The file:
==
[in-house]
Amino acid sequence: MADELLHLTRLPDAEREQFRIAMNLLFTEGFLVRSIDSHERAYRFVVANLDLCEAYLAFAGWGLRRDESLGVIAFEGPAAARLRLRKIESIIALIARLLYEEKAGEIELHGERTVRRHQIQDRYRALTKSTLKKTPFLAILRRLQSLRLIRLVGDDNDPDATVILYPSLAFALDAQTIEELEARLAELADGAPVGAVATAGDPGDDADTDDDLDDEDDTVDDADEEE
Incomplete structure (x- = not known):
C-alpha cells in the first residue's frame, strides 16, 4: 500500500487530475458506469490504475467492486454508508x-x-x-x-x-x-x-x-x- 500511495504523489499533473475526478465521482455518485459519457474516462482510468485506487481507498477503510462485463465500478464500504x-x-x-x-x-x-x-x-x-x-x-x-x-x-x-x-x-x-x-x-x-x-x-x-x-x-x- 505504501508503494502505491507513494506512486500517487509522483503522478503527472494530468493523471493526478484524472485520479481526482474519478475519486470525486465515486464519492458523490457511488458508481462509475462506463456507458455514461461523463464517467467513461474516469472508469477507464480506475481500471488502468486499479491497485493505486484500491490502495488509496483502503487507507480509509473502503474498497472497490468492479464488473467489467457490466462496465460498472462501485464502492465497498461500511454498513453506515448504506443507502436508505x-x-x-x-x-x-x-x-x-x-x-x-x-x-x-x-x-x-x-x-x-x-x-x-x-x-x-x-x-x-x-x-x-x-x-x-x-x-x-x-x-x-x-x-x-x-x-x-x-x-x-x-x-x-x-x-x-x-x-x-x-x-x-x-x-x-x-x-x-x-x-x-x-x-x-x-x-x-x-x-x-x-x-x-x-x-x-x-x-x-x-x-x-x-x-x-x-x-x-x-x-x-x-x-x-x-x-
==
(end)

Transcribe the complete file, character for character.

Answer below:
[in-house]
Amino acid sequence: MADELLHLTRLPDAEREQFRIAMNLLFTEGFLVRSIDSHERAYRFVVANLDLCEAYLAFAGWGLRRDESLGVIAFEGPAAARLRLRKIESIIALIARLLYEEKAGEIELHGERTVRRHQIQDRYRALTKSTLKKTPFLAILRRLQSLRLIRLVGDDNDPDATVILYPSLAFALDAQTIEELEARLAELADGAPVGAVATAGDPGDDADTDDDLDDEDDTVDDADEEE
Incomplete structure (x- = not known):
C-alpha cells in the first residue's frame, strides 16, 4: 500500500487530475458506469490504475467492486454508508x-x-x-x-x-x-x-x-x- 500511495504523489499533473475526478465521482455518485459519457474516462482510468485506487481507498477503510462485463465500478464500504x-x-x-x-x-x-x-x-x-x-x-x-x-x-x-x-x-x-x-x-x-x-x-x-x-x-x- 505504501508503494502505491507513494506512486500517487509522483503522478503527472494530468493523471493526478484524472485520479481526482474519478475519486470525486465515486464519492458523490457511488458508481462509475462506463456507458455514461461523463464517467467513461474516469472508469477507464480506475481500471488502468486499479491497485493505486484500491490502495488509496483502503487507507480509509473502503474498497472497490468492479464488473467489467457490466462496465460498472462501485464502492465497498461500511454498513453506515448504506443507502436508505x-x-x-x-x-x-x-x-x-x-x-x-x-x-x-x-x-x-x-x-x-x-x-x-x-x-x-x-x-x-x-x-x-x-x-x-x-x-x-x-x-x-x-x-x-x-x-x-x-x-x-x-x-x-x-x-x-x-x-x-x-x-x-x-x-x-x-x-x-x-x-x-x-x-x-x-x-x-x-x-x-x-x-x-x-x-x-x-x-x-x-x-x-x-x-x-x-x-x-x-x-x-x-x-x-x-x-